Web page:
Last updated on November 13th, 2020 at 12:09 pm
Lately, I’ve been looking for new ways to relax. With all the mess around us it’s no surprise that we’re all struggling a bit to keep sane. And since this winter will probably feel long, I made a commitment to resume taking online tango classes (bring on those red tango shoes!) and signed up to a meditation course.
My experience with meditation
I have never been too keen on mediation, but exceptional times require exceptional measures. For those interested, I joined the Delve Deep Meditation course led by Jimmy (@that_meditation_guy). The first draw was the friendly instructor and that he seemed to talk in human speak and secondly, he taught Transcendental or Deep Meditation which was new to me.
In the past, I had done some Mindfulness Meditation without much success at sticking with it. Transcendental Meditation is meant to be a lot more effortless. You can wiggle while you meditate (hurray!) and it is practiced for longer periods (20min at a time). So I decided to check if this style suited me better.
One of the things I enjoyed most about the course was the explanation of the “mechanics” of meditation. I’m quite rational at times so to understand what we were doing was right up my alley. We explored how the mind works, what happens while meditating and what are the consequences of the work you are doing during the lessons.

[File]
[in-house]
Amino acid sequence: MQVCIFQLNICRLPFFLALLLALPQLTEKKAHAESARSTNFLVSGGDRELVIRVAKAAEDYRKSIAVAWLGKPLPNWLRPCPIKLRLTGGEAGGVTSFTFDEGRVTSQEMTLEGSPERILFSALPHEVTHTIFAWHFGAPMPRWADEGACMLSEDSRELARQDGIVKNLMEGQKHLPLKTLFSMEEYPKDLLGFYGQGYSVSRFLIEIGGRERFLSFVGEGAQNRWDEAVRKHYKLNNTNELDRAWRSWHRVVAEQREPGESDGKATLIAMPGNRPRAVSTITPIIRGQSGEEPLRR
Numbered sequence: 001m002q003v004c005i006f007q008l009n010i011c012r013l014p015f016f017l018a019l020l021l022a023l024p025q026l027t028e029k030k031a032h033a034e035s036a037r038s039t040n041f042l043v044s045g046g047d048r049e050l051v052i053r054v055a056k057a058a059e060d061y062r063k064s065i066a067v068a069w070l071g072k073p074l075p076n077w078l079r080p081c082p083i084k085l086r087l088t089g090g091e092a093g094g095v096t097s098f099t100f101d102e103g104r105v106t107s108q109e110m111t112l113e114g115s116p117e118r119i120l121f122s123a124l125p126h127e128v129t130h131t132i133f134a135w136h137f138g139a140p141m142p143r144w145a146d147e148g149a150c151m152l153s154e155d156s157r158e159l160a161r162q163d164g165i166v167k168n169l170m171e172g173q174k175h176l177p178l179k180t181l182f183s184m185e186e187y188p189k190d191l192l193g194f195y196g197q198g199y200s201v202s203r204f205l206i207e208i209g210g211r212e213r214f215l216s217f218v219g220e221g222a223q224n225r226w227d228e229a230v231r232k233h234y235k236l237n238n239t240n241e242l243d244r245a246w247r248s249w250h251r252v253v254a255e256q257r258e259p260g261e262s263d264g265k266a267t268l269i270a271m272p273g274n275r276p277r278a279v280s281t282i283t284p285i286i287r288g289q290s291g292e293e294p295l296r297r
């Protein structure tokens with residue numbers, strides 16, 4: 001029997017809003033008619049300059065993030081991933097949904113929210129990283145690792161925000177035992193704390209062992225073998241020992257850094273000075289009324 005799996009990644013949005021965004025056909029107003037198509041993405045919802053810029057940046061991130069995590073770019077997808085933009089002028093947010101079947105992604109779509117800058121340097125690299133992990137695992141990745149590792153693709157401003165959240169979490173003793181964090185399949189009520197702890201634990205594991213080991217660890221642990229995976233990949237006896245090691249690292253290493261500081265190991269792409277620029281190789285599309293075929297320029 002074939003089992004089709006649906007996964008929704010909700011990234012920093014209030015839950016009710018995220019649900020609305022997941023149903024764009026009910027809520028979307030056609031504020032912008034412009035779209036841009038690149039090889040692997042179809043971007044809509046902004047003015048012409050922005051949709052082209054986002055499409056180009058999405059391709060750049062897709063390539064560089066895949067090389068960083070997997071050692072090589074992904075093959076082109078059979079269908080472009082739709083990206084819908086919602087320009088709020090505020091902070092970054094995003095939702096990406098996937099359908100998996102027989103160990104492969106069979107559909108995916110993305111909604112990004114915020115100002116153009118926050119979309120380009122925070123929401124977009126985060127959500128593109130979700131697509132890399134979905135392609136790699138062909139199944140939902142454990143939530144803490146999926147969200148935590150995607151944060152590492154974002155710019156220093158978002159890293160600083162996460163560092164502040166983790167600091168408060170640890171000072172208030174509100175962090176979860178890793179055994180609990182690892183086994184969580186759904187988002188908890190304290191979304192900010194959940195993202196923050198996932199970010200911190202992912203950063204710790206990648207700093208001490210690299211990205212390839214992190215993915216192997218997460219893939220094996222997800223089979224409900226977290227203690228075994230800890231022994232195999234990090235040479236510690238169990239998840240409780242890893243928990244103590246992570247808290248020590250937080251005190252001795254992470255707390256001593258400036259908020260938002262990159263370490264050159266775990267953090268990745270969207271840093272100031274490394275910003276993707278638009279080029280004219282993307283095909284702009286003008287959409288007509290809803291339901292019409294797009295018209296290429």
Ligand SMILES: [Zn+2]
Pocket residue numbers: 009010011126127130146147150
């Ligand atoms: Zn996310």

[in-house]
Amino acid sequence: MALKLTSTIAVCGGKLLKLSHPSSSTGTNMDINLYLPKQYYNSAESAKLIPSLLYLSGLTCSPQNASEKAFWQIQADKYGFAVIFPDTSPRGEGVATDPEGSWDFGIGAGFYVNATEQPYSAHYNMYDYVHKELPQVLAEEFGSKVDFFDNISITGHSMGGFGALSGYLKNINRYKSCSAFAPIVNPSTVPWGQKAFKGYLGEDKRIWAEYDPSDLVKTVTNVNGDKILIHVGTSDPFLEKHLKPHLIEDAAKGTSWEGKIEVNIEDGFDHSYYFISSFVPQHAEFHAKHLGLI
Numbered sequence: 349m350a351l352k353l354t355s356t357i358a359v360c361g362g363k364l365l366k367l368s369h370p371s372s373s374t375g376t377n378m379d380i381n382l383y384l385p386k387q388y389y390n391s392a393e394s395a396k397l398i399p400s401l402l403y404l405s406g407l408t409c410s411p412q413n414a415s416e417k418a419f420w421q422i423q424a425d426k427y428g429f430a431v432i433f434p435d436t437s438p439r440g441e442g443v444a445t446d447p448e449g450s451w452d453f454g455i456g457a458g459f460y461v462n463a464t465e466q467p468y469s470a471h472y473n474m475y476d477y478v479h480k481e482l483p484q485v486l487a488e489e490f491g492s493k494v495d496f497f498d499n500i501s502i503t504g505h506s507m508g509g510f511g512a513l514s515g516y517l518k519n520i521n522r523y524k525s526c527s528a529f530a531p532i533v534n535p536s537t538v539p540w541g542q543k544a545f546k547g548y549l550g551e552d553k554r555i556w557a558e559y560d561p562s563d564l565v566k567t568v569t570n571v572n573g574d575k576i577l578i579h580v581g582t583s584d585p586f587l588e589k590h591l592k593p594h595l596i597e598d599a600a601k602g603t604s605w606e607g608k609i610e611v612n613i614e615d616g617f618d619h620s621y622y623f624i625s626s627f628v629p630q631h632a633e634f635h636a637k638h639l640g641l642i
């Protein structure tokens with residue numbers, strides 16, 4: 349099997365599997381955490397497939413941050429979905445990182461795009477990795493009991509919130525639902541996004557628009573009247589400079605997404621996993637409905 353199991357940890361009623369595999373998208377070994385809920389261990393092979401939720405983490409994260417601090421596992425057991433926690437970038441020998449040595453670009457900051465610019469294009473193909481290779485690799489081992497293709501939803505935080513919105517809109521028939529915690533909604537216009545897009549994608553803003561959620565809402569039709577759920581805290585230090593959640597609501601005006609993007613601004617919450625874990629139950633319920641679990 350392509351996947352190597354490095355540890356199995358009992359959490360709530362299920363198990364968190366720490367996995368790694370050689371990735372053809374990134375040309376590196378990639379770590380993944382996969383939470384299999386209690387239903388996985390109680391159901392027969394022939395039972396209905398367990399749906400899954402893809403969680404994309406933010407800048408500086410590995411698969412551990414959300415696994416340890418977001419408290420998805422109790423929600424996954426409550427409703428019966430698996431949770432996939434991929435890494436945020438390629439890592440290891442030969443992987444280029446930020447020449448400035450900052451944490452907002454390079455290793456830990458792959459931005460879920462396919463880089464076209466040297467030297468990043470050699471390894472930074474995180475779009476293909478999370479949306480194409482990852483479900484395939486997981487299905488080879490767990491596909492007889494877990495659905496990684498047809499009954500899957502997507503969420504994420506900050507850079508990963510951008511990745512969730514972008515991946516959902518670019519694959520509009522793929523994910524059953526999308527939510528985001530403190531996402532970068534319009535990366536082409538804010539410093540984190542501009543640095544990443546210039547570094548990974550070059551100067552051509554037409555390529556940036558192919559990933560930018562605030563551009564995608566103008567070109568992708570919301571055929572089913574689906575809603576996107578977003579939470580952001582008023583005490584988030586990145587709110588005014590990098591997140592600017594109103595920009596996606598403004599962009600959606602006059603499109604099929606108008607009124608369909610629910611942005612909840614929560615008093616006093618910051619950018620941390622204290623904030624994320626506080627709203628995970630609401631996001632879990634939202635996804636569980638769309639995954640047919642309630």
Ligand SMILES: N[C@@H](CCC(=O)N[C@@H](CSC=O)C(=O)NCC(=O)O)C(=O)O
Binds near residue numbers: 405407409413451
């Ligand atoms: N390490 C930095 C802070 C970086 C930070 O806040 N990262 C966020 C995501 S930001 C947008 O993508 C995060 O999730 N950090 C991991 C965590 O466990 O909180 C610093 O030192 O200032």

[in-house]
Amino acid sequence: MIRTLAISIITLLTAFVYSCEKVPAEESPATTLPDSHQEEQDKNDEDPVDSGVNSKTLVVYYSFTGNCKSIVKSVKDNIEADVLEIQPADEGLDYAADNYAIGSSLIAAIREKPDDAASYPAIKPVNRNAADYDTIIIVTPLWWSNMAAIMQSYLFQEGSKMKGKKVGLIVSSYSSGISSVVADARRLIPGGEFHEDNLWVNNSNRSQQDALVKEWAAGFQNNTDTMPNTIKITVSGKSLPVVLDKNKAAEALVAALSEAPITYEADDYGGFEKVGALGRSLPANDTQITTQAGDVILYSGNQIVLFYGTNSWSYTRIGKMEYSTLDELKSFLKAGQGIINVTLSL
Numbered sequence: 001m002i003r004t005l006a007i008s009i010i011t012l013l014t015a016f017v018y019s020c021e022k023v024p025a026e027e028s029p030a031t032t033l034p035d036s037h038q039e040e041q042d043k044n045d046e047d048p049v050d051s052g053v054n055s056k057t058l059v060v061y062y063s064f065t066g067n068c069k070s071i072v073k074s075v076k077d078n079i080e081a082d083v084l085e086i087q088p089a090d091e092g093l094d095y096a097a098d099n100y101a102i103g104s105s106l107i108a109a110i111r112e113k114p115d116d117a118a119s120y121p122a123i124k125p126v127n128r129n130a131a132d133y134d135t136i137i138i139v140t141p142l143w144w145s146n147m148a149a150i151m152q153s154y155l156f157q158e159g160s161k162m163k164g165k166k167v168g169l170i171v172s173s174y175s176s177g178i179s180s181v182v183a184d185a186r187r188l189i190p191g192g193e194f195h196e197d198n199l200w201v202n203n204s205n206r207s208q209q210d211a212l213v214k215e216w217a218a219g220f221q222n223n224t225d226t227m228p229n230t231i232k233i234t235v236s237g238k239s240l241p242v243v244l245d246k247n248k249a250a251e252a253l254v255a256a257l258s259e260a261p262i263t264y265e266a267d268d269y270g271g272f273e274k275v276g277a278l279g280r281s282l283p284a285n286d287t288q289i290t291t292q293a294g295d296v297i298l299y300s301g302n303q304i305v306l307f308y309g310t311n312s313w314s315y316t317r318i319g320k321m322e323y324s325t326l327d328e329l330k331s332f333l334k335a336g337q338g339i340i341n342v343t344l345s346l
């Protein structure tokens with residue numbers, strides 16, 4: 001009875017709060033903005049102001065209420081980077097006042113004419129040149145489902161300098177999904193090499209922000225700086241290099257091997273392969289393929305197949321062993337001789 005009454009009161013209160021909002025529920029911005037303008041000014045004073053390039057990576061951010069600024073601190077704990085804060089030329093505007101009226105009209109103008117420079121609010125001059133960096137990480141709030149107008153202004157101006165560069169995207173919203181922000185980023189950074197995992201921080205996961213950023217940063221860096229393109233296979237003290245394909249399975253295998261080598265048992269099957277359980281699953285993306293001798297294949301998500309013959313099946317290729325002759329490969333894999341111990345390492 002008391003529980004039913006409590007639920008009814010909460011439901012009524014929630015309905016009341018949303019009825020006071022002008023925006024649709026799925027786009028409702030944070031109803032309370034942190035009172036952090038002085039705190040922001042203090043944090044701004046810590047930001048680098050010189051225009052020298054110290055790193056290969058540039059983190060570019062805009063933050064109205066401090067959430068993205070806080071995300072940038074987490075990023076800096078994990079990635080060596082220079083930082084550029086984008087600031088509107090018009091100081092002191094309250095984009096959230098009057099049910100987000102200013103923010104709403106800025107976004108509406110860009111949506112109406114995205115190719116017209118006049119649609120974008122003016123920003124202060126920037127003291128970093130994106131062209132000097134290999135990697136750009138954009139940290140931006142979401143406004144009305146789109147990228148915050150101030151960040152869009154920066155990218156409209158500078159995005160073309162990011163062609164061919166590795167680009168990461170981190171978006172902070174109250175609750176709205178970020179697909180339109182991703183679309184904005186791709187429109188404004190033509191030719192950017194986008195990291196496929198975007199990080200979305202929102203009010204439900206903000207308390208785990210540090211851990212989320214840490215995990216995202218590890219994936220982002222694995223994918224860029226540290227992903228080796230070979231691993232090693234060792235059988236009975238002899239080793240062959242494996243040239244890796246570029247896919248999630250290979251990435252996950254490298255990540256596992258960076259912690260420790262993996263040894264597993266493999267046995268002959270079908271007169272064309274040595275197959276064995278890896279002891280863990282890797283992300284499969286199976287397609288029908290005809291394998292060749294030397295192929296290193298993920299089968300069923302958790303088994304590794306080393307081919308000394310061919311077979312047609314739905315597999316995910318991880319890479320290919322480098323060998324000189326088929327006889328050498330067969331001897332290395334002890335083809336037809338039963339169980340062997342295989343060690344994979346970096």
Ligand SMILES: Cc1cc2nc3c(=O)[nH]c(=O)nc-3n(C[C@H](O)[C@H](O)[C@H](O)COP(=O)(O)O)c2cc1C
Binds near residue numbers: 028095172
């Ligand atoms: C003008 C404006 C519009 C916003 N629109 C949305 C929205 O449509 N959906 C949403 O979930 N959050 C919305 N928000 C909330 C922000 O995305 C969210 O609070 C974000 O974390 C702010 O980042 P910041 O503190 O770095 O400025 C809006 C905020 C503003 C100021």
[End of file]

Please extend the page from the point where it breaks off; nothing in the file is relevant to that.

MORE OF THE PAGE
And what does this have to do with tango? Stay with me, we’re getting closer to the point.
In Transcendental meditation, you learn how to let go, surrender and flow with how things are in the moment. You get out of left-brain DOING mode and move into right-brain BEING mode. This is a switch from your analytical side to your creative side.
After meditating, you’ll “come back” with a clearer mind. This allows you to undertake your next tasks with more focus, enjoyment and even productivity. Some people describe this as being in the “flow”. When everything seems easy and your thoughts come to you with clarity.
“For years, dancing was my form of meditation without knowing.”
After doing the course these ideas really stuck to my mind. And one day, I suddenly remembered how I used to feel after I had done a dance class as a child.
Argentine tango and meditation
I started dancing when I has 12 and by the age of 14 I had already discovered tango. It was my absolute favourite and mind you I didn’t even had any proper tango shoes! Around that time in High School, I had a teacher who would set a test every week on Wednesdays. Every Tuesday I had dance class in the evening, and every week I had the same dilemma: should I skip the class to revise for the exam the day after? Luckily, my mother always insisted in me going to the dance class so I didn’t lose many.
After the class, I felt pure bliss, unworried, happy, singing on the way back home and feeling lighter. During the class my mind was completely focused on the music, the steps and following the instruction. I would never think of school during that hour and a half. Any worries of the week would dissipate on walking into that class. This was my deep meditation.
Then at home, after having dinner and doing a bit of revising for the upcoming exam, the study was easier, faster, it seemed less complicated. Only these many years later, I understand I was in the “flow”.
So for years, dancing was my form of meditation without knowing.
How does Argentine tango feel for you?
I have some more thoughts on dance as meditation as an adult, but I will delve into that on the next blog, so stay tuned for Part 2 of Tango and Meditation.
Yuyo Brujo is one of the main UK tango shoes suppliers, whether you are looking for Argentine tango shoes for women specifically or more generally for good quality women dance shoes, drop us a message and we will be delighted to help.